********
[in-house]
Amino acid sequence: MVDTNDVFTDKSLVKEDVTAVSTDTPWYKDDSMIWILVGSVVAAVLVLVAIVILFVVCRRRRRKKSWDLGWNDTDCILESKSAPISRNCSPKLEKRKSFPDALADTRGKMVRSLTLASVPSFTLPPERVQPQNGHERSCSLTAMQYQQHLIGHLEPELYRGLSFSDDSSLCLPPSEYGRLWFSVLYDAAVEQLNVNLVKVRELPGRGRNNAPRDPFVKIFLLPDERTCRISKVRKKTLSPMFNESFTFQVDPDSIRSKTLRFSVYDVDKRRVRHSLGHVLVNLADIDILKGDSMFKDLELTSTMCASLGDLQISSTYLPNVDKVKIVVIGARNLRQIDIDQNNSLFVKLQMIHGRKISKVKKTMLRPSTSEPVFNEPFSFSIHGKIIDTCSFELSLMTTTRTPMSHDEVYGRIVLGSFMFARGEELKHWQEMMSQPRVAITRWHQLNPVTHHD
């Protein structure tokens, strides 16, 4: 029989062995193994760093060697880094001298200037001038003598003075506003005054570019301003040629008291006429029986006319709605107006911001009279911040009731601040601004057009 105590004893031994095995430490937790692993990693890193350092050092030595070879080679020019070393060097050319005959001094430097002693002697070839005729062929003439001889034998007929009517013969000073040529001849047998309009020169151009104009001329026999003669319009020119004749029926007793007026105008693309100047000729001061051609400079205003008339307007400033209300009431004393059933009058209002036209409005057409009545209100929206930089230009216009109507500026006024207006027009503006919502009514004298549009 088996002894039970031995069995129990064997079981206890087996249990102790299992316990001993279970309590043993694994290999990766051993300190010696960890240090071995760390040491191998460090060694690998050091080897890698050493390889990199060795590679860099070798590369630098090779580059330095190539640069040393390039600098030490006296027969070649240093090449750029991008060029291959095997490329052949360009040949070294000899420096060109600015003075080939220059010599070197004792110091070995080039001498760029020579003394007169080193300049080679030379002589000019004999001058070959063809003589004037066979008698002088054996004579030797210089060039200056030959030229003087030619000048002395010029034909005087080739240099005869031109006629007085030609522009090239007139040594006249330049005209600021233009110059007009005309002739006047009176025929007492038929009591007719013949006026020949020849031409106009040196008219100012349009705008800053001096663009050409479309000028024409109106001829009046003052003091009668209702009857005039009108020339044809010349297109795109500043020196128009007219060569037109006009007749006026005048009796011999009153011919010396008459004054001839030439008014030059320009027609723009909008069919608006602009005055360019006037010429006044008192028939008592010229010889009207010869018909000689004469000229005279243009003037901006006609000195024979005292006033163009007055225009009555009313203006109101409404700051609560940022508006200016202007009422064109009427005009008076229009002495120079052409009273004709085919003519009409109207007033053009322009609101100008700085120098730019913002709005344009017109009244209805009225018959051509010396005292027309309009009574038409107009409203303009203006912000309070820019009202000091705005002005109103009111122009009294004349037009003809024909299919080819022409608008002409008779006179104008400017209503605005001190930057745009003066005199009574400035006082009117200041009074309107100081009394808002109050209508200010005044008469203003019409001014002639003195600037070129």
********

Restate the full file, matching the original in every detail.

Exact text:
[in-house]
Amino acid sequence: MVDTNDVFTDKSLVKEDVTAVSTDTPWYKDDSMIWILVGSVVAAVLVLVAIVILFVVCRRRRRKKSWDLGWNDTDCILESKSAPISRNCSPKLEKRKSFPDALADTRGKMVRSLTLASVPSFTLPPERVQPQNGHERSCSLTAMQYQQHLIGHLEPELYRGLSFSDDSSLCLPPSEYGRLWFSVLYDAAVEQLNVNLVKVRELPGRGRNNAPRDPFVKIFLLPDERTCRISKVRKKTLSPMFNESFTFQVDPDSIRSKTLRFSVYDVDKRRVRHSLGHVLVNLADIDILKGDSMFKDLELTSTMCASLGDLQISSTYLPNVDKVKIVVIGARNLRQIDIDQNNSLFVKLQMIHGRKISKVKKTMLRPSTSEPVFNEPFSFSIHGKIIDTCSFELSLMTTTRTPMSHDEVYGRIVLGSFMFARGEELKHWQEMMSQPRVAITRWHQLNPVTHHD
């Protein structure tokens, strides 16, 4: 029989062995193994760093060697880094001298200037001038003598003075506003005054570019301003040629008291006429029986006319709605107006911001009279911040009731601040601004057009 105590004893031994095995430490937790692993990693890193350092050092030595070879080679020019070393060097050319005959001094430097002693002697070839005729062929003439001889034998007929009517013969000073040529001849047998309009020169151009104009001329026999003669319009020119004749029926007793007026105008693309100047000729001061051609400079205003008339307007400033209300009431004393059933009058209002036209409005057409009545209100929206930089230009216009109507500026006024207006027009503006919502009514004298549009 088996002894039970031995069995129990064997079981206890087996249990102790299992316990001993279970309590043993694994290999990766051993300190010696960890240090071995760390040491191998460090060694690998050091080897890698050493390889990199060795590679860099070798590369630098090779580059330095190539640069040393390039600098030490006296027969070649240093090449750029991008060029291959095997490329052949360009040949070294000899420096060109600015003075080939220059010599070197004792110091070995080039001498760029020579003394007169080193300049080679030379002589000019004999001058070959063809003589004037066979008698002088054996004579030797210089060039200056030959030229003087030619000048002395010029034909005087080739240099005869031109006629007085030609522009090239007139040594006249330049005209600021233009110059007009005309002739006047009176025929007492038929009591007719013949006026020949020849031409106009040196008219100012349009705008800053001096663009050409479309000028024409109106001829009046003052003091009668209702009857005039009108020339044809010349297109795109500043020196128009007219060569037109006009007749006026005048009796011999009153011919010396008459004054001839030439008014030059320009027609723009909008069919608006602009005055360019006037010429006044008192028939008592010229010889009207010869018909000689004469000229005279243009003037901006006609000195024979005292006033163009007055225009009555009313203006109101409404700051609560940022508006200016202007009422064109009427005009008076229009002495120079052409009273004709085919003519009409109207007033053009322009609101100008700085120098730019913002709005344009017109009244209805009225018959051509010396005292027309309009009574038409107009409203303009203006912000309070820019009202000091705005002005109103009111122009009294004349037009003809024909299919080819022409608008002409008779006179104008400017209503605005001190930057745009003066005199009574400035006082009117200041009074309107100081009394808002109050209508200010005044008469203003019409001014002639003195600037070129």